There was little doubt that Sarina Wiegman’s task as the Netherlands’ new manager would be enormous following the Olympics, as seen by her side’s 3-1 loss to France and the devastating 2-0 loss to Canada. Weakening England’s performance versus high-ranking opponents has been accompanied by alarming results against lower-ranked opponents.
Qualification Journey: Hosts
Women’s EURO best: Runners-up (1984, 2009)
Women’s EURO 2017: Semi-finals
Europe’s most prolific side took full advantage of Australia and Norway, and with six individual goal scorers in the two games, their danger is clear. Due to their failure to get past the World Cup quarterfinal round in 2019, the former Olympic winners certainly need to prove a point at the Euros this summer that they are still a great threat to be reckoned with.
However, allowing three goals in a loss to the Netherlands last February, two to Australia, and a single goal to Norway is enough reason to put doubts in the minds of the German fans.
Qualification Journey: Group I winners – P8 W8 D0 L0 F46 A1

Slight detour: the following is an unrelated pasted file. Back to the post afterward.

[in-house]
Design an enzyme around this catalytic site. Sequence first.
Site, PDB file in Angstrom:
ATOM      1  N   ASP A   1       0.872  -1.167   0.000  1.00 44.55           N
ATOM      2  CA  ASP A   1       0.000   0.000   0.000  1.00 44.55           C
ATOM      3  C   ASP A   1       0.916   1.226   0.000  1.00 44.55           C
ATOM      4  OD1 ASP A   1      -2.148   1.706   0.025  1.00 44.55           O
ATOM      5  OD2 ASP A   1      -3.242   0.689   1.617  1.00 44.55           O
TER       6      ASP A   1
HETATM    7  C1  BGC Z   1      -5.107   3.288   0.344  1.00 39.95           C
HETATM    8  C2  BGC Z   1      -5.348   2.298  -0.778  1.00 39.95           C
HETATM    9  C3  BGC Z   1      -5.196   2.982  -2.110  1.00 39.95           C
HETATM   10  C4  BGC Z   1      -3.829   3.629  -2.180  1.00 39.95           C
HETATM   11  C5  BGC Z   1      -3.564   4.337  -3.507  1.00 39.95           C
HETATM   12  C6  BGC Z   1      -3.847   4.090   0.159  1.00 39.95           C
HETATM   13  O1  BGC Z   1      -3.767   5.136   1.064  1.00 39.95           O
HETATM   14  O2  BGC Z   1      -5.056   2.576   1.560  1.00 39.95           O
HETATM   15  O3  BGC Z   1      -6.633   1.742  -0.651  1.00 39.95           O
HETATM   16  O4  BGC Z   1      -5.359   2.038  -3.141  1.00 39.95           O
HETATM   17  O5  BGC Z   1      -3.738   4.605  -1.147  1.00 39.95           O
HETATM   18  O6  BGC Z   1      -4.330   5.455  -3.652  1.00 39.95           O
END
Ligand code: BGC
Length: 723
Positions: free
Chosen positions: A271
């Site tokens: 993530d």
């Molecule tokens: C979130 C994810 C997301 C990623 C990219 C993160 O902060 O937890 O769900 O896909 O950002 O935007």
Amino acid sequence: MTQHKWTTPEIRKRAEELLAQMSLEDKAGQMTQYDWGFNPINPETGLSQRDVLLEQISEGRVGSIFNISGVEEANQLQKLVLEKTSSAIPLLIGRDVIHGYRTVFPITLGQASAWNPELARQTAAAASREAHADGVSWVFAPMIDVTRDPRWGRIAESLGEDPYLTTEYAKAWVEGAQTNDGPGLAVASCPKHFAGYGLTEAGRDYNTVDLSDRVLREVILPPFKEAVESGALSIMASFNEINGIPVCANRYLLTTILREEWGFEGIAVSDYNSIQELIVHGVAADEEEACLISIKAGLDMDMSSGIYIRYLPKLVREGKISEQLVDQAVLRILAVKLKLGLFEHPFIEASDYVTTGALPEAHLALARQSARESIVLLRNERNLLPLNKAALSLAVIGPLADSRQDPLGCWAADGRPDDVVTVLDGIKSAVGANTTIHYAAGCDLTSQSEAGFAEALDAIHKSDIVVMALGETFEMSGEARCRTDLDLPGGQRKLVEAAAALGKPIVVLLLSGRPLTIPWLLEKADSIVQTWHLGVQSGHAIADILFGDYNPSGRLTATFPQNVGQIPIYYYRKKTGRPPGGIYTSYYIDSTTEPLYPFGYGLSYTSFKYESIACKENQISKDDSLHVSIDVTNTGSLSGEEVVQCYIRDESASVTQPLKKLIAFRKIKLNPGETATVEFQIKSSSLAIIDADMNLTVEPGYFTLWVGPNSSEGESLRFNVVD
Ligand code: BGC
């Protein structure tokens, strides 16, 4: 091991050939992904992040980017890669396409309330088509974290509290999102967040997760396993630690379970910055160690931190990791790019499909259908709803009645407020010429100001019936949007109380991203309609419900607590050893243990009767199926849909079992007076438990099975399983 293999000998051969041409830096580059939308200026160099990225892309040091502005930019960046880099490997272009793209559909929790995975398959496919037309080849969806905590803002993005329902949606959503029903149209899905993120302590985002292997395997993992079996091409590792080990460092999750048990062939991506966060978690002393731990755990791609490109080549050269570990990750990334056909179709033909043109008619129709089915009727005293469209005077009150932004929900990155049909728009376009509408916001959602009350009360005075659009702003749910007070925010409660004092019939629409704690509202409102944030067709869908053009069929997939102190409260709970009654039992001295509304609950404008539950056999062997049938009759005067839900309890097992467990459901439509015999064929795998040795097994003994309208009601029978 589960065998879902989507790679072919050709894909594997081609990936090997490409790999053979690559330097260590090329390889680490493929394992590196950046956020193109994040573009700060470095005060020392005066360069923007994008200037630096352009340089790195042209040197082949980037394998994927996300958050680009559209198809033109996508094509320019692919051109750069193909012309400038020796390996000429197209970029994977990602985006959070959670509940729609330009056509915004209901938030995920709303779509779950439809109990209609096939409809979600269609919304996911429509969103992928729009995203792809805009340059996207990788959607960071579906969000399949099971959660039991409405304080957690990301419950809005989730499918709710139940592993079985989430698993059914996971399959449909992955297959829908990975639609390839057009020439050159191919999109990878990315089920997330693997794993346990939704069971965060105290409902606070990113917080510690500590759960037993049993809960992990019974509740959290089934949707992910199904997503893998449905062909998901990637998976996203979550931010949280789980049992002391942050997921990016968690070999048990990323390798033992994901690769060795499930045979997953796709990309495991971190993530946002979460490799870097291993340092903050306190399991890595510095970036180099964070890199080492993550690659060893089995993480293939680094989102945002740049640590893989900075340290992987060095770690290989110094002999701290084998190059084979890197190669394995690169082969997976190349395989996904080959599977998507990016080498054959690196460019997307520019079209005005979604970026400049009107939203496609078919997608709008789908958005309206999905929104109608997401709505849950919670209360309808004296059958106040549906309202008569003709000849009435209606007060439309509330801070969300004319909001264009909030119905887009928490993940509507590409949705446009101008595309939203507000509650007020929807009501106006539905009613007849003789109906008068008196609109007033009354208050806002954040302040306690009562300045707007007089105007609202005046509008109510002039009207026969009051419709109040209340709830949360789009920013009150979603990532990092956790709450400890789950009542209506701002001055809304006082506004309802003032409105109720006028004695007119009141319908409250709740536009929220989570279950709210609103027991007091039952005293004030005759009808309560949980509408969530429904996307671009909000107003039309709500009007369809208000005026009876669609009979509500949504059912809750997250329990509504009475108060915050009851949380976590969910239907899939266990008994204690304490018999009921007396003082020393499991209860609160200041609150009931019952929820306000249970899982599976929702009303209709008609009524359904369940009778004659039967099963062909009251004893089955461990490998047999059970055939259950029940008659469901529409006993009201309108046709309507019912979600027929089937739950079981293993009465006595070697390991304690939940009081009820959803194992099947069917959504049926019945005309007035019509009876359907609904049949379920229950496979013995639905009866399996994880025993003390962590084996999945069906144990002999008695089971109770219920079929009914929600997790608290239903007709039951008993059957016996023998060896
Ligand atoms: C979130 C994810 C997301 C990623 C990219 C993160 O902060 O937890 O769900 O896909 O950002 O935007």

Top scorer: Klara Bühl 6
Women’s EURO best: 8 time winners (1989, 1991, 1995, 1997, 2001, 2005, 2009, 2013)
Women’s EURO 2017: Quarter-finals
The Dutch side had a flawless group stage, winning all of their ten qualifying games. They scored forty-eight goals in these ten qualifying games and only conceded three. These stats in themselves should be worrying for any side that might come up against the Dutch side. They managed to trash almost every side they faced off, including a whopping 8-0 goal victory over Turkey.
Even though it can be argued that their group stage didn’t have any formidable opponents, undermining these victories will be a big result.
Qualification Journey: Group A winners – P10 W10 D0 L0 F48 A3
Top scorer: Sherida Spitse 10
Women’s EURO best: Winners (2017)